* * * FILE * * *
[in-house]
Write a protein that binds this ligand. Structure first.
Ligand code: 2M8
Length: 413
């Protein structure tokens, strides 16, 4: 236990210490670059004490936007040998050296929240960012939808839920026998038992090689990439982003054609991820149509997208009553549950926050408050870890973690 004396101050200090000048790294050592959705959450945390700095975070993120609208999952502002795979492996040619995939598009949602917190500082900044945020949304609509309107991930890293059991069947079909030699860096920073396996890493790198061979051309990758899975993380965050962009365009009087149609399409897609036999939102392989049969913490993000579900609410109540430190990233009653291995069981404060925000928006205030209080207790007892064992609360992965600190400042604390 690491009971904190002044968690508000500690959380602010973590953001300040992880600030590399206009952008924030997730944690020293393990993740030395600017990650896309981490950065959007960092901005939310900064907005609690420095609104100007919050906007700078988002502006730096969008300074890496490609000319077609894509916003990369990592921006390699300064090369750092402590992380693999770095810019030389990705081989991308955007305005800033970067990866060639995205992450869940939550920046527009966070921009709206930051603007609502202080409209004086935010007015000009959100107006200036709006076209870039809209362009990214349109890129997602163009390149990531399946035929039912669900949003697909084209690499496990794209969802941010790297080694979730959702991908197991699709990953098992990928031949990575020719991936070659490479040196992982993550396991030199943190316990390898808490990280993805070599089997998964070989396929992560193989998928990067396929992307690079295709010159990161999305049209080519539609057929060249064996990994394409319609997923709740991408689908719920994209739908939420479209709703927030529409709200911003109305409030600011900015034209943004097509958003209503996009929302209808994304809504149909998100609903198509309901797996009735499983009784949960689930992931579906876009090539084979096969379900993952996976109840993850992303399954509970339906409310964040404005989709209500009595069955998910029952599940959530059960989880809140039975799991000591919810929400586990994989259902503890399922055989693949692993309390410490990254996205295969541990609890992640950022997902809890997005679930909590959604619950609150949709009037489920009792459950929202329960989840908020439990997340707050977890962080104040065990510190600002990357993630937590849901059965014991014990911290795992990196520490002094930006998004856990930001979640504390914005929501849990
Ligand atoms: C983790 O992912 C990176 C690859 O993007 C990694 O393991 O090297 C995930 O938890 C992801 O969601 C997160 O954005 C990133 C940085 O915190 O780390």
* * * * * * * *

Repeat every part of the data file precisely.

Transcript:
[in-house]
Write a protein that binds this ligand. Structure first.
Ligand code: 2M8
Length: 413
């Protein structure tokens, strides 16, 4: 236990210490670059004490936007040998050296929240960012939808839920026998038992090689990439982003054609991820149509997208009553549950926050408050870890973690 004396101050200090000048790294050592959705959450945390700095975070993120609208999952502002795979492996040619995939598009949602917190500082900044945020949304609509309107991930890293059991069947079909030699860096920073396996890493790198061979051309990758899975993380965050962009365009009087149609399409897609036999939102392989049969913490993000579900609410109540430190990233009653291995069981404060925000928006205030209080207790007892064992609360992965600190400042604390 690491009971904190002044968690508000500690959380602010973590953001300040992880600030590399206009952008924030997730944690020293393990993740030395600017990650896309981490950065959007960092901005939310900064907005609690420095609104100007919050906007700078988002502006730096969008300074890496490609000319077609894509916003990369990592921006390699300064090369750092402590992380693999770095810019030389990705081989991308955007305005800033970067990866060639995205992450869940939550920046527009966070921009709206930051603007609502202080409209004086935010007015000009959100107006200036709006076209870039809209362009990214349109890129997602163009390149990531399946035929039912669900949003697909084209690499496990794209969802941010790297080694979730959702991908197991699709990953098992990928031949990575020719991936070659490479040196992982993550396991030199943190316990390898808490990280993805070599089997998964070989396929992560193989998928990067396929992307690079295709010159990161999305049209080519539609057929060249064996990994394409319609997923709740991408689908719920994209739908939420479209709703927030529409709200911003109305409030600011900015034209943004097509958003209503996009929302209808994304809504149909998100609903198509309901797996009735499983009784949960689930992931579906876009090539084979096969379900993952996976109840993850992303399954509970339906409310964040404005989709209500009595069955998910029952599940959530059960989880809140039975799991000591919810929400586990994989259902503890399922055989693949692993309390410490990254996205295969541990609890992640950022997902809890997005679930909590959604619950609150949709009037489920009792459950929202329960989840908020439990997340707050977890962080104040065990510190600002990357993630937590849901059965014991014990911290795992990196520490002094930006998004856990930001979640504390914005929501849990
Ligand atoms: C983790 O992912 C990176 C690859 O993007 C990694 O393991 O090297 C995930 O938890 C992801 O969601 C997160 O954005 C990133 C940085 O915190 O780390």